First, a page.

Network Working Group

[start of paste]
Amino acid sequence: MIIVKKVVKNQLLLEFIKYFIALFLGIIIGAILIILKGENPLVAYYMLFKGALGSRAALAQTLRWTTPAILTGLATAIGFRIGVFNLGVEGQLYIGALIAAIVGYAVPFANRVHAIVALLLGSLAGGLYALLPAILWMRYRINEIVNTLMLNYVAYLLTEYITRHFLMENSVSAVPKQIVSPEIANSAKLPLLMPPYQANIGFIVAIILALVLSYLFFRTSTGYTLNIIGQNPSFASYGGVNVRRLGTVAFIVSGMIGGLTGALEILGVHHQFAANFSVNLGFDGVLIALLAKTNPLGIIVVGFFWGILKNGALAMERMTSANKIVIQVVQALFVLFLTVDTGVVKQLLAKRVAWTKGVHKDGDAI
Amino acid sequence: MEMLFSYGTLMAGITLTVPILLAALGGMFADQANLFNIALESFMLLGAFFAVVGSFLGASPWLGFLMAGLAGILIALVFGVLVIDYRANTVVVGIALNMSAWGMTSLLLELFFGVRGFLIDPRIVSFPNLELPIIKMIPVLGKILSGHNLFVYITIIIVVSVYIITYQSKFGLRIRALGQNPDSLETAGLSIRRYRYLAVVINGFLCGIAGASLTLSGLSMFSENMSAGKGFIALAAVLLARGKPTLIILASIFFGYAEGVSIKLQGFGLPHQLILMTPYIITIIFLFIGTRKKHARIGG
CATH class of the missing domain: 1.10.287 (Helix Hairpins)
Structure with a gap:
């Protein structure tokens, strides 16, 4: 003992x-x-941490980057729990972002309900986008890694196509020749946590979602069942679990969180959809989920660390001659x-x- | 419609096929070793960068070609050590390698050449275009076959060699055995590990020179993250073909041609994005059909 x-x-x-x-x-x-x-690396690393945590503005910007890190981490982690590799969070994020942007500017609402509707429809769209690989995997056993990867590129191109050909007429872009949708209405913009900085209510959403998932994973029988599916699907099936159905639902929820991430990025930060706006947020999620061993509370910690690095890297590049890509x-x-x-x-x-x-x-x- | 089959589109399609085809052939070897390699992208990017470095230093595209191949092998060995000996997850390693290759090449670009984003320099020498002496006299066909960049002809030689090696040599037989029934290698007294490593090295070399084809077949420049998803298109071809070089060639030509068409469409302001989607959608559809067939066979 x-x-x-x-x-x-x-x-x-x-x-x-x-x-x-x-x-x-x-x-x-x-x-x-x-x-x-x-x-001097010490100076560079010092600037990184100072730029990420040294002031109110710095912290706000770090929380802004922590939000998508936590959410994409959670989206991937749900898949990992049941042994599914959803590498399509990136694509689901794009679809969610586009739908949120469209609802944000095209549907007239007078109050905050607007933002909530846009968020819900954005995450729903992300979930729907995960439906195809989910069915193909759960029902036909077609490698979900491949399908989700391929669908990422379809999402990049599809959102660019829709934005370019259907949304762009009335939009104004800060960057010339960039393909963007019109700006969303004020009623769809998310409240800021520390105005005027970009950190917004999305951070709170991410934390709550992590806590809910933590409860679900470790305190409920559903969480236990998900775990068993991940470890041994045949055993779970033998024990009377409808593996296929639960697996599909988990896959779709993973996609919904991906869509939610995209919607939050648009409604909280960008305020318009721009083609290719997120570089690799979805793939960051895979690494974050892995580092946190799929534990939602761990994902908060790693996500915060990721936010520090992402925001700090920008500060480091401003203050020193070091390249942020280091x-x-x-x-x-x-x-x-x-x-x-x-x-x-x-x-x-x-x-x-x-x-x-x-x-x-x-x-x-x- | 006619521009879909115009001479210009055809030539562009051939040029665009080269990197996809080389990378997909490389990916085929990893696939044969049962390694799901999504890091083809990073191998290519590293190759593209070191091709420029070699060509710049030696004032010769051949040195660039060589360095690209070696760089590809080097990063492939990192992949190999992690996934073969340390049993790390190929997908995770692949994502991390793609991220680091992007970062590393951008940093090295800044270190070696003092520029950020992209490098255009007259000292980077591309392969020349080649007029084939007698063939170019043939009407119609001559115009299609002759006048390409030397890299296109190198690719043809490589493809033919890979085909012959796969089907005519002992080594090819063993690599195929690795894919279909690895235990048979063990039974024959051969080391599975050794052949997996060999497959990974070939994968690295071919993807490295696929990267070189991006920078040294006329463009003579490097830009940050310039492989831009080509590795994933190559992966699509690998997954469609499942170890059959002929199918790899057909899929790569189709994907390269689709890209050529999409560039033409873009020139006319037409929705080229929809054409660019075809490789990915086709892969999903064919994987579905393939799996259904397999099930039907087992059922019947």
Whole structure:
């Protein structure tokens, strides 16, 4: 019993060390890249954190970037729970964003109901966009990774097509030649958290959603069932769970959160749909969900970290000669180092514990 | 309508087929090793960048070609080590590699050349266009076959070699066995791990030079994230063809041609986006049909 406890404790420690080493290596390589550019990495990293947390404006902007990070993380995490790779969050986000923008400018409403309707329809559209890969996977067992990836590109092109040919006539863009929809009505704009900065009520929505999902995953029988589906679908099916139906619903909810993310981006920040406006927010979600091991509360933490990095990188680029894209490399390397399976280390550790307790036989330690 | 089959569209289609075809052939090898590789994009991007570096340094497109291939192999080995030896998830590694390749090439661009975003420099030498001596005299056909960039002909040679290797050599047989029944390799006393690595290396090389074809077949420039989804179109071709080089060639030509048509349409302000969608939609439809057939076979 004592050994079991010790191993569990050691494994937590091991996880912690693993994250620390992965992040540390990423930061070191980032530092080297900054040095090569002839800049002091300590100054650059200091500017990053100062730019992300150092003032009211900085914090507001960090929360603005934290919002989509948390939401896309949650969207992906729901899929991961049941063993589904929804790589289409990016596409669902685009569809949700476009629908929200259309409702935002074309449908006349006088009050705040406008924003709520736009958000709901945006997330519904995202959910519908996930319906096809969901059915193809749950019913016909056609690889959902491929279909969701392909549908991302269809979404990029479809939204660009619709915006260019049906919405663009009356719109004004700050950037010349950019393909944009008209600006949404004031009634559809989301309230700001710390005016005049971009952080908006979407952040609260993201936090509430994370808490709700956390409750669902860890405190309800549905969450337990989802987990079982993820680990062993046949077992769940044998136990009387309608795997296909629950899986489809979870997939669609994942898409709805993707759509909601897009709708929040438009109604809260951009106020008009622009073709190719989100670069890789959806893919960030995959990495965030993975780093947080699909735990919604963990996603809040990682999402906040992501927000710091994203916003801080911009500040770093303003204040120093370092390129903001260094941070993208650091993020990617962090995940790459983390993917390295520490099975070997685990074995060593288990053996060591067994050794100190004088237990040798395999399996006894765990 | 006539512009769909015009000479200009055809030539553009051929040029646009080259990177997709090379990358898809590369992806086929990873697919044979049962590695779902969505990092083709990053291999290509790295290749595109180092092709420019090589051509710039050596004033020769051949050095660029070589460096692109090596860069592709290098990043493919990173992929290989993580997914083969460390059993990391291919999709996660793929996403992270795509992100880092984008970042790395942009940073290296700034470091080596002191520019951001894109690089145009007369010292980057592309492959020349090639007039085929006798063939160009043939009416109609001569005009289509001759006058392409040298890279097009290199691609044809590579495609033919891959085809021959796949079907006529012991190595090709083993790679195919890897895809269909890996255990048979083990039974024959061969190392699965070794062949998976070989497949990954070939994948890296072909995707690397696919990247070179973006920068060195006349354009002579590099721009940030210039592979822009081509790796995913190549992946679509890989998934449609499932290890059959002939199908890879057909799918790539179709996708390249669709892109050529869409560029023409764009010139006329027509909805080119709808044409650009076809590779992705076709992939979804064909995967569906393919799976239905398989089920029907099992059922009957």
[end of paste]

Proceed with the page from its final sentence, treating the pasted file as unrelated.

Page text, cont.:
DaveD. Thaler Internet-Draft Microsoft Expires: April 2005 October 18, 2004September 5, 2007 March 4, 2007 Unicast-Prefix-based IPv4 Multicast Addresses <draft-ietf-mboned-ipv4-uni-based-mcast-02.txt>draft-ietf-mboned-ipv4-uni-based-mcast-03.txt Status of this Memo By submitting this Internet-Draft, I certifyeach author represents that any applicable patent or other IPR claims of which I amhe or she is aware have been disclosed,or will be disclosed, and any of which I becomehe or she becomes aware will be disclosed, in accordance with RFC 3668.Section 6 of BCP 79. Internet-Drafts are working documents of the Internet Engineering Task Force (IETF), its areas, and its working groups. Note that other groups may also distribute working documents as Internet- Drafts. Internet-Drafts are draft documents valid for a maximum of six months and may be updated, replaced, or obsoleted by other documents at any time. It is inappropriate to use Internet- DraftsInternet-Drafts as reference material or to cite them other than as "work in progress." The list of current Internet-Drafts can be accessed at http://www.ietf.org/ietf/1id-abstracts.txthttp://www.ietf.org/ietf/1id-abstracts.txt. The list of Internet-Draft Shadow Directories can be accessed at http://www.ietf.org/shadow.html. This Internet-Draft will expire on September 5, 2007. Copyright Notice Copyright (C) The Internet Society (2004). All Rights Reserved.IETF Trust (2007). Abstract This specification defines an extension to the multicast addressing architecture of the IP Version 4 protocol. The extension presented in this document allows for unicast-prefix- basedunicast-prefix-based allocation of multicast addresses. By delegating multicast addresses at the same time as unicast prefixes, network operators will be able to identify their multicast addresses without needing to run an inter-domain allocation protocol. Table of Contents 1. Introduction . . . . . . . . . . . . . . . . . . . . . . . . . 3 2. Address Space . . . . . . . . . . . . . . . . . . . . . . . . . 3 3. Security Considerations . . . . . . . . . . . . . . . . . . . . 4 4. IANA Considerations . . . . . . . . . . . . . . . . . . . . . . 4 5. Informative References . . . . . . . . . . . . . . . . . . . . 5 Author's Address . . . . . . . . . . . . . . . . . . . . . . . . . 5 Intellectual Property and Copyright Statements . . . . . . . . . . 6 1. Introduction RFC 3180 [GLOP][RFC3180] defined an experimental allocation mechanism (called "GLOP") in 233/8 whereby an Autonomous System (AS) number is embedded in the middle 16 bits of an IPv4 multicast address, resulting in 256 multicast addresses per AS. Advantages of this mechanism include the ability to get multicast address space without an inter-domain multicast address allocation protocol, and the ease of determining the AS of the owner of an address for debugging and auditing purposes. Some disadvantages of GLOP include: o there is work in progress [AS4B] on expanding the size of an AS number to 4 bytes, and GLOP cannot work with such AS's. o when an AS covers multiple sites or organizations, administration of the multicast address space within an AS must be handled by other mechanisms, such as manual administrative effort or MADCAP [MADCAP].[RFC2730]. o during debugging, identifying the AS does not immediately identify the owning organization, when an AS covers multiple organizations. o only 256 addresses are automatically available per AS, and obtaining any more requires administrative effort. More recently, a mechanism [V6UPBM][RFC3306] has been developed for IPv6 which provides a multicast range to every IPv6 subnet, which is at a much finer granularity than an AS. As a result, the first three disadvantages above are avoided (and the last disadvantage does not apply to IPv6 due to the extended size of the address space). Another advantage of providing multicast space to every subnet (rather than just to an entire AS) is that multicast address allocation within the range need only be coordinated within the subnet. This draft specifies a mechanism similar to [V6UPBM],[RFC3306], whereby a range of IPv4 multicast address space is provided to most IPv4 subnets. A resulting advantage over GLOP is that the mechanisms in IPv4 and IPv6 become more similar. This document proposes an experimental method of statically allocating multicast addresses with global scope. As described in section Section 4, this experiment will last for a period of one year, but may be extended. 2. Address Space (RFC-editor: replace TBD below with IANA-assigned value, and delete this note.) A multicast address with the prefix TBD/8 indicates that the address is a Unicast-Based Multicast (UBM) address. The remaining 24 bits can be used as follows: Bits: | 8 | Unicast Prefix Length | 24 - Unicast Prefix Length | +-----+-----------------------+----------------------------+ Value: | TBD | Unicast Prefix | Group ID | +-----+-----------------------+----------------------------+ For subnets with a /24 or shorter prefix, the unicast prefix of the subnet is appended to the common /8. Any remaining bits may be locally assigned by hosts within the link (e.g., using manual configuration). Individual subnets with a prefix length longer than 24 do not receive any multicast address space from this mechanism; in such cases, MADCAP mayanother mechanism must be used. Compared to GLOP, an AS will receive more address space via this mechanism if it has more than a /16 for unicast space. An AS will receive less address space than it does from GLOP if it has less than a /16. The owner of a UBM address can be determined by taking the multicast address, shifting it left by 8 bits, and identifying the owner of the address space covering the resulting unicast address. 3. Security Considerations The same well known intra-domain security techniques can be applied as with GLOP. Furthermore, when dynamic allocation is used within a prefix, the approach described here may have the effect of reduced exposure to denial of space attacks, since the topological area within which nodes compete for addresses within the same prefix is reduced from an entire AS to only within an individual subnet. 4. IANA Considerations IANA should assign a /8 in the IPv4 multicast address space for this purpose. This assignment should timeout one year after the assignment is made. The assignment may be renewed at that time. 5. Author's Address Dave Thaler Microsoft Corporation One Microsoft Way Redmond, WA 98052-6399 Phone: +1 425 703 8835 EMail: email@example.com 6.Informative References [AS4B] Vohra, Q. and E. Chen, "BGP supportSupport for four-octetFour-octet AS number space", draft-ietf-idr-as4bytes-08.txt, Work in progress, March 2004. [GLOP] Meyer, D. and P. Lothberg, "GLOP Addressing in 233/8", RFC 3180, September 2001. [MADCAP]Number Space", February 2007, <http://www.ietf.org/ internet-drafts/draft-ietf-idr-as4bytes-13.txt>. [RFC2730] Hanna, S,S., Patel, B.B., and M. Shah, "Multicast Address Dynamic Client Allocation Protocol (MADCAP)", RFC 2730, December 1999. [V6UPBM][RFC3180] Meyer, D. and P. Lothberg, "GLOP Addressing in 233/8", BCP 53, RFC 3180, September 2001. [RFC3306] Haberman, B. and D. Thaler, "Unicast-Prefix-based IPv6 Multicast Addresses", RFC 3306, August 2002. 7.Author's Address Dave Thaler Microsoft Corporation One Microsoft Way Redmond, WA 98052 USA Phone: +1 425 703 8835 Email: firstname.lastname@example.org Full Copyright Statement Copyright (C) The Internet Society (2004).IETF Trust (2007). This document is subject to the rights, licenses and restrictions contained in BCP 78, and except as set forth therein, the authors retain all their rights. 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